The Vienna Game is an opening in chess that begins with the moves:

Doubled pawns

doubleddoubled pawn
4) Prevention of pawn weakness: Most openings strive to avoid the creation of pawn weaknesses such as isolated, doubled and backward pawns, pawn islands, etc. Some openings sacrifice endgame considerations for a quick attack on the opponent's position. Some unbalanced openings for Black, in particular, make use of this idea, such as the Dutch and the Sicilian. Other openings, such as the Alekhine and the Benoni, invite the opponent to overextend and form pawn weaknesses. Specific openings accept pawn weaknesses in exchange for compensation in the form of dynamic play. (See Pawn structure.)
Several chess strategies and openings are based on burdening the opponent with doubled pawns, a strategic weakness.

Four Knights Game

4.Nc3Four Knights Game, Spanish VariationFour Knights Opening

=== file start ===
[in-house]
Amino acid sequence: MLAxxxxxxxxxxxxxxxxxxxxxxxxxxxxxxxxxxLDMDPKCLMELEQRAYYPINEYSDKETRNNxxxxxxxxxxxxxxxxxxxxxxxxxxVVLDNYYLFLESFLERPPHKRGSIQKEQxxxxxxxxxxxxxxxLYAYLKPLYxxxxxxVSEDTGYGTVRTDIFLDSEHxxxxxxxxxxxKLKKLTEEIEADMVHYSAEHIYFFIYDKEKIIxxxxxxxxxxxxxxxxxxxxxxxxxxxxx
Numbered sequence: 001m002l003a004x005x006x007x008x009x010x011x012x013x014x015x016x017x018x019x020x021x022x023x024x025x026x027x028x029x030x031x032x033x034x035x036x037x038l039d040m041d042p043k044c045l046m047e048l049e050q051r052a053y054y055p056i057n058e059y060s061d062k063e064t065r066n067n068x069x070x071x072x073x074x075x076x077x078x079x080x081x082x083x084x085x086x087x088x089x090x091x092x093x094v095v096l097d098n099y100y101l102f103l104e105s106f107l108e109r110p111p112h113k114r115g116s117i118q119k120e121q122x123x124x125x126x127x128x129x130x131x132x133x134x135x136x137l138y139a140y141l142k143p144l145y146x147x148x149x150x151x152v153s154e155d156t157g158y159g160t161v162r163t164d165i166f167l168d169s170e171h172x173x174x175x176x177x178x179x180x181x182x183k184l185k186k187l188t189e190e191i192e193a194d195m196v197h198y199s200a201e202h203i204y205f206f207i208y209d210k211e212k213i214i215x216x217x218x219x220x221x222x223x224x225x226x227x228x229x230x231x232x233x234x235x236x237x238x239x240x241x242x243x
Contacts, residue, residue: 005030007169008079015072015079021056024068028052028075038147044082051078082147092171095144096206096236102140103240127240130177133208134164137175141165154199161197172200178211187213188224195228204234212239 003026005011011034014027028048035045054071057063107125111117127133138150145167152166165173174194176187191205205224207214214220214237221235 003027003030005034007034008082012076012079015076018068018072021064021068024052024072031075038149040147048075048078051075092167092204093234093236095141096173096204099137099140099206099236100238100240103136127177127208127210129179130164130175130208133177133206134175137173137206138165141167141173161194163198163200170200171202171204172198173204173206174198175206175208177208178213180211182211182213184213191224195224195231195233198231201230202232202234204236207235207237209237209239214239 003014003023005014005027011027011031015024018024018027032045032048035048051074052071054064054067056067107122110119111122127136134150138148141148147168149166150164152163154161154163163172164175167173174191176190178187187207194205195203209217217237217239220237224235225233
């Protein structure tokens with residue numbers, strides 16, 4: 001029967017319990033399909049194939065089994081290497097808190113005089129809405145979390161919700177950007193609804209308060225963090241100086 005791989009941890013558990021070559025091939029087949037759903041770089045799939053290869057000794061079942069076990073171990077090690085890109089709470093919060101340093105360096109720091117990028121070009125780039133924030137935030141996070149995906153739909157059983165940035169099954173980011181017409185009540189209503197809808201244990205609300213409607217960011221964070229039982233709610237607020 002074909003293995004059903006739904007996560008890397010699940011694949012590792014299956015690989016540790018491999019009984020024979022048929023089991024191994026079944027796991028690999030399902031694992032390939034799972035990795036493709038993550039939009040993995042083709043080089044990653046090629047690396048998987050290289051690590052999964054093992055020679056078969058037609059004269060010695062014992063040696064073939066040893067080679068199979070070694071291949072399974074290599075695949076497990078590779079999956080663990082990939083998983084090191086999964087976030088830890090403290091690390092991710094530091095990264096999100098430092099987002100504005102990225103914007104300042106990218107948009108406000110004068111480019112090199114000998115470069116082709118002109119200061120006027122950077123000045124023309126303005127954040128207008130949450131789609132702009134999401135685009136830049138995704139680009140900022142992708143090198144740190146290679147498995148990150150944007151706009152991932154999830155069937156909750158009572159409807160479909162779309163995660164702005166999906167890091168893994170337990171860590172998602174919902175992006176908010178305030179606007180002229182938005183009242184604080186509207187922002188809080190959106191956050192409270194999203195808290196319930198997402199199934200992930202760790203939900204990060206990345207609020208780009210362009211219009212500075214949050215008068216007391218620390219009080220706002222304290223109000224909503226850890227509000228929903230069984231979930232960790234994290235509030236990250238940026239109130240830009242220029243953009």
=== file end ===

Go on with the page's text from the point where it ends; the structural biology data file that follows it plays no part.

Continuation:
Game : Used only for some of the oldest openings, for example Scotch Game, Vienna Game, and Four Knights Game.
The Four Knights Game is a chess opening that begins with the moves:

Semi-Slav Defense

Semi-SlavQueen's Gambit Declined Semi-SlavSemi-Slav, Stoltz Variation
These are openings intended to avoid a particular line otherwise available to one's opponent, for example the Anti-Marshall (against the Marshall (Counter) Attack in the Ruy Lopez) and the Anti-Meran Gambit (against the Meran Variation of the Semi-Slav Defense).
The Semi-Slav Defense is a variation of the Queen's Gambit chess opening defined by the position reached after the moves: